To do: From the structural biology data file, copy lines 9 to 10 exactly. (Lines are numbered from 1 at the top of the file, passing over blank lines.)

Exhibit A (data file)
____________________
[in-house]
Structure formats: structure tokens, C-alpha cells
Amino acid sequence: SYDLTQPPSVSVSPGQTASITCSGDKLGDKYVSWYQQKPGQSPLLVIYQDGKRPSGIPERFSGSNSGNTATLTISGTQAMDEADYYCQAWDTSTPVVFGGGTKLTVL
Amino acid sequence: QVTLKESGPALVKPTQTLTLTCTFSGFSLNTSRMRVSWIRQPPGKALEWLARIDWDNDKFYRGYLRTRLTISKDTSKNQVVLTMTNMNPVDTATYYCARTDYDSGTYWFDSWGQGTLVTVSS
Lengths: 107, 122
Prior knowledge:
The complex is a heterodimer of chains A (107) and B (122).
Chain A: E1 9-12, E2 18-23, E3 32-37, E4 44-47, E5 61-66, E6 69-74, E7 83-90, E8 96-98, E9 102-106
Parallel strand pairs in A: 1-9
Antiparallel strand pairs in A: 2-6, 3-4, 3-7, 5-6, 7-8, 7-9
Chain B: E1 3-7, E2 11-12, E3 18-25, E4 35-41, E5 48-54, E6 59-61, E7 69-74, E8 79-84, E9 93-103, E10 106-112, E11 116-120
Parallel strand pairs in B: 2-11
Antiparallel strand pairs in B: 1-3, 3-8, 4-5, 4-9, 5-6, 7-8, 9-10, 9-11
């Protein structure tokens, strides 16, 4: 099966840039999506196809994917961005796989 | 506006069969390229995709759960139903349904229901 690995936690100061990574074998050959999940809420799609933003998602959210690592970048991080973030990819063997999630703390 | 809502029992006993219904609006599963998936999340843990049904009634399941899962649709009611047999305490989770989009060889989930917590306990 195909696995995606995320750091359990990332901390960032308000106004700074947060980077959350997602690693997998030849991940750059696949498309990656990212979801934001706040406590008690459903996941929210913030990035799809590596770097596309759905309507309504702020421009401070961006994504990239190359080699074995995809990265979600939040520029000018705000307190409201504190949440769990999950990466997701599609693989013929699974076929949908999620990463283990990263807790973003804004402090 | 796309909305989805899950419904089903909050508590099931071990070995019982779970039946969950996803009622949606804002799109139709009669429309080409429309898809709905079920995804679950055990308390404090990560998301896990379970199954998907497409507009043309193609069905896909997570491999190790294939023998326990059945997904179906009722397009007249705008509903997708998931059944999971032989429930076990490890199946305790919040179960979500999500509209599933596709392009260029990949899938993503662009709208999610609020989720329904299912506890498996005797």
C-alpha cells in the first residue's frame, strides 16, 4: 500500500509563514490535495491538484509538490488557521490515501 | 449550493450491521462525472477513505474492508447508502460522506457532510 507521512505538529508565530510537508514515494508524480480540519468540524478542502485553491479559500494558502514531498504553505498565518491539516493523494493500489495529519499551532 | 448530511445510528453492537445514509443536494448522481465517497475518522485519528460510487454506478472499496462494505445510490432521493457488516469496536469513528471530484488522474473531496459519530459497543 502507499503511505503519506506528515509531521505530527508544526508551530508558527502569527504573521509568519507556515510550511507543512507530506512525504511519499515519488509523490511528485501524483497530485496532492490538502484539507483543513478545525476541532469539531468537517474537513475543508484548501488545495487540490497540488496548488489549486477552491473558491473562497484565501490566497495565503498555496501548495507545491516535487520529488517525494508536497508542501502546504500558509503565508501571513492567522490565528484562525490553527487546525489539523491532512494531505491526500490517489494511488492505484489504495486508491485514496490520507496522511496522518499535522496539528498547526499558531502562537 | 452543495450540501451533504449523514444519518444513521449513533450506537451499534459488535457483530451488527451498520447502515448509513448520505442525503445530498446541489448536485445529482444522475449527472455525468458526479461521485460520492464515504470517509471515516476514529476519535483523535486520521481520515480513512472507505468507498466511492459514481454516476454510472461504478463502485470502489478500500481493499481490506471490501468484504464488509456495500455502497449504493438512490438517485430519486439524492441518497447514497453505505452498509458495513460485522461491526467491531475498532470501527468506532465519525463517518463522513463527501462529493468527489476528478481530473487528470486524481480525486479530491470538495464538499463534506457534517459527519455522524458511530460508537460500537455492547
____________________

Parallel strand pairs in A: 1-9
Antiparallel strand pairs in A: 2-6, 3-4, 3-7, 5-6, 7-8, 7-9